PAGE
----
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More Forgotten Missionaries

In my last post I spoke of the story of Fr. Stanislaus Buteaux. I termed him a “Forgotten Missionary”. By that I mean that these were people who had the desire to serve the Church in Indiana, but for one reason or another they did not stay. With Buteaux it appears that he ran into the authoritarian rule of the second bishop, Celestine de la Haiandieré

I’ve written about John Claude Francois previously His desire to serve in the American missions and his, perhaps, rude awakening once he was faced with reality. Francois came up against the will of Haiandieré as well, but in his case he was ready to leave while Bishop Brute was still alive.

More beneficial to the Church in Vincennes, at least for a few years, was the offer of his priestly services made by John Claude Francois of the Diocese of Verdun in France. Mindful of the need of sacred ministers in Indiana, the Propaganda recommended him to Bishop Brute and paid the expenses of his passage. Six years later, in 1841, however, Frangois complained to the Propaganda of the opposition, persecution, calumnies and contradictions that he had suffered (and apparently also provoked by his moral rigidity) among uninstructed and uncultured backwoodsmen; he asked to be sent to another mission less well furnished with priests, particularly because he eagerly desired to work among the savages, who had been forced to depart from Indiana. Leaving the actual decision to the Propaganda, he suggested either the country across the Mississippi or the state of Mississippi as more congenial places for his labors. He made this request also in the name of a fellow-priest, Julien Delaune, who wished to accompany him. Assuming the purity of their motives, the Cardinal Prefect praised and approved their proposal, but he reminded them that they still needed the consent of the bishops of both Vincennes and Natchez in order to effect the transfer. Brute s successor, however, Bishop de la Hailandiere, viewed the matter differently and denied them permission to quit the diocese, because in his opinion granting it would have meant condoning their insubordination, disedifying their confreres and depriving the diocese of their useful service.T Not only did De la Hailandiere withhold his consent, but when he learned that Francois was about to appeal again to the Propaganda, he also refused him money for his food and clothing which was not supplied him by his poor parish. Then upon the advice of his fellow-priests Francois in desperation simply fled to Natchez, where Bishop Chanche gave him shelter but no faculties; soon the Bishop of Vincennes, resigning himself to the fait accompli, granted him the desired exeat on the express condition that he should narrate the whole affair to the Propaganda. This he did gladly and frankly. ((Trisco, Robert Frederick. 1962. The Holy See and the nascent church in the Middle Western United States, 1826-1850. Roma: Gregorian University Press. pp.174-75))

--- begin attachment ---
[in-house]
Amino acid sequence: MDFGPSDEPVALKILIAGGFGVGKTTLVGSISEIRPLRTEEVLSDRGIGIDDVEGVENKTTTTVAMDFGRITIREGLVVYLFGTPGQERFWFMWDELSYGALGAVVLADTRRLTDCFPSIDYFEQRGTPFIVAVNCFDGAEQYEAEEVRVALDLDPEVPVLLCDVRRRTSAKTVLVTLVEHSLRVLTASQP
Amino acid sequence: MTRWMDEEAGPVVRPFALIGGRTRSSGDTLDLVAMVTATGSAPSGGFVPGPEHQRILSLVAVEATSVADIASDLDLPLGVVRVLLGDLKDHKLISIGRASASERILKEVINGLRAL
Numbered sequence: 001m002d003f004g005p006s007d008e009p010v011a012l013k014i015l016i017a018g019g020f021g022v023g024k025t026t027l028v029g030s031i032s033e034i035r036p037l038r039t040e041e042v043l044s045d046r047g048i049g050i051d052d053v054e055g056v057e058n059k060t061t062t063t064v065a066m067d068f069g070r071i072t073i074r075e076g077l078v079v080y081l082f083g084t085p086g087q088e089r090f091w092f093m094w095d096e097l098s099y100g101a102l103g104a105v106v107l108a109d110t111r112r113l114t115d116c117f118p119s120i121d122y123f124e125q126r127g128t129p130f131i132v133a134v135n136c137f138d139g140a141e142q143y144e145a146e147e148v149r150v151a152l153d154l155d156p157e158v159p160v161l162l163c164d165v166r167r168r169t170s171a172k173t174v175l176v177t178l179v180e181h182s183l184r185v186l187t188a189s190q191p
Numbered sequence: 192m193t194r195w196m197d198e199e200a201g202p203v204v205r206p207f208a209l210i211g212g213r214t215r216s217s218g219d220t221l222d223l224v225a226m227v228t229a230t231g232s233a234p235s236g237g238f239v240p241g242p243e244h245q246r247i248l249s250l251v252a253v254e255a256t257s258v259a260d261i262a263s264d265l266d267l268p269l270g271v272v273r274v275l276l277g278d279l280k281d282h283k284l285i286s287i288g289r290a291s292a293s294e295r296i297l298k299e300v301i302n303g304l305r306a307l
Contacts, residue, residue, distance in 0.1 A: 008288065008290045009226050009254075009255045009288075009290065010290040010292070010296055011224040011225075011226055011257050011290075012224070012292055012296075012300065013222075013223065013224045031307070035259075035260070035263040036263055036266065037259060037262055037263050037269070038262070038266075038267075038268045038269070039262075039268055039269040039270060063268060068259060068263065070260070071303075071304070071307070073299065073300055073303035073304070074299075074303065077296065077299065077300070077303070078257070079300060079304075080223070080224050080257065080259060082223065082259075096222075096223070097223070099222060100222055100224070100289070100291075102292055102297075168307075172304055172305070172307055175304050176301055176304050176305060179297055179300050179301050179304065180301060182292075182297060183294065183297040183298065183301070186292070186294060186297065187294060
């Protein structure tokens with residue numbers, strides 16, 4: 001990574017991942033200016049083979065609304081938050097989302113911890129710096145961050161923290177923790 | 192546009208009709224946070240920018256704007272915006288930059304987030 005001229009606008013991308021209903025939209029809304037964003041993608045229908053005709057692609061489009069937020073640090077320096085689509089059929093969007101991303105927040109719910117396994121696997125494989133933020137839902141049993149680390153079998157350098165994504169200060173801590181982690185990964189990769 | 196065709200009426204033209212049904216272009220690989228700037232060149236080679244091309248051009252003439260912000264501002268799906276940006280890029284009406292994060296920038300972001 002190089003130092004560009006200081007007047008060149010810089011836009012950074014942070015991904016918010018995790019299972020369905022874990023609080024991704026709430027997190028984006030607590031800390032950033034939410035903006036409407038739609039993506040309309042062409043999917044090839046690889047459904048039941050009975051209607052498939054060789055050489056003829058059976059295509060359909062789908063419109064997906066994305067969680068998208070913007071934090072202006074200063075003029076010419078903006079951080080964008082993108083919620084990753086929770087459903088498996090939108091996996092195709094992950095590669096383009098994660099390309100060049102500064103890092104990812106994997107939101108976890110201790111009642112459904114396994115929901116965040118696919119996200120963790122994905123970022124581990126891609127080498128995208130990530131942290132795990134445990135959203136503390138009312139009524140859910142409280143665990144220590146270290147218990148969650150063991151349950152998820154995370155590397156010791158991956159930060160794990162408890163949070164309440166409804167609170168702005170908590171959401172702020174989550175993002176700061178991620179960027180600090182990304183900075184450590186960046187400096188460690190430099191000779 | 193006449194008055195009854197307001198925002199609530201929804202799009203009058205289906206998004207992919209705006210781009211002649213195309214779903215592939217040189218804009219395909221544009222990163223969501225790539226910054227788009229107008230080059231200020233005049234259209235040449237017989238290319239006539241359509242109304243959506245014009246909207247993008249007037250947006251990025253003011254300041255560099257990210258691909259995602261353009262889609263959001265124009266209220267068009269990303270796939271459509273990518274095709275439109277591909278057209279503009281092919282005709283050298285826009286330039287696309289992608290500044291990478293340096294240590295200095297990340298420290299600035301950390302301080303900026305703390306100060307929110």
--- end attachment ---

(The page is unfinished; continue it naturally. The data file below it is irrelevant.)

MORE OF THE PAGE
Before Francois left Indiana he had served the diocese very well, in the town of Logansport and Fort Wayne and other areas. He is also believed to be the first priest to celebrate Mass in Indianapolis. Herman Alerding writes:

It can be set down as a fact testified to by several old residents yet living that the holy sacrifice of the mass was offered in the city of Indianapolis as early as the year 1835. It took place in “Power’s Tavern,” located on West Washington street. Among those present in the room of the tavern were: James Ferriter, a well known contractor. Douglas O’Reilly, who served at the altar, and Thomas K. Barrett, from whose communication to a city paper some of these items are gleaned. Drs. Stipp and Richmond, non-Catholics, were also present. The priest offering the mass was the Rev. Claude Francois, who was living and laboring among the Indians near Logansport, this State. He was a native of France, and one of the first priests that accompanied Bishop Brute to Vincennes. From this field of labor he went to the Diocese of Natchez, and afterwards joined the congregation of the mission. He died at Lafourche, La., on July 20. 1849, aged about 45 years. His character was that of the good priest and laborious missionary. ((Alerding, Herman Joseph, and Francis Silas Chatard. 1883. History of the Catholic Church in the Diocese of Vincennes. [Indianapolis]: [Printed for the author by Carlon & Hollenbeck]. p.140))

Another missionary to Indiana, but no longer forgotten. According to the Archives of the Archdiocese of New Orleans, He served at the Cathedral of Natchez, until he became the second pastor of St. Elizabeth’s Church, Paincourtville. He died at Assumption Seminary of cholera on this day, July 20, 1849. +R.I.P.+

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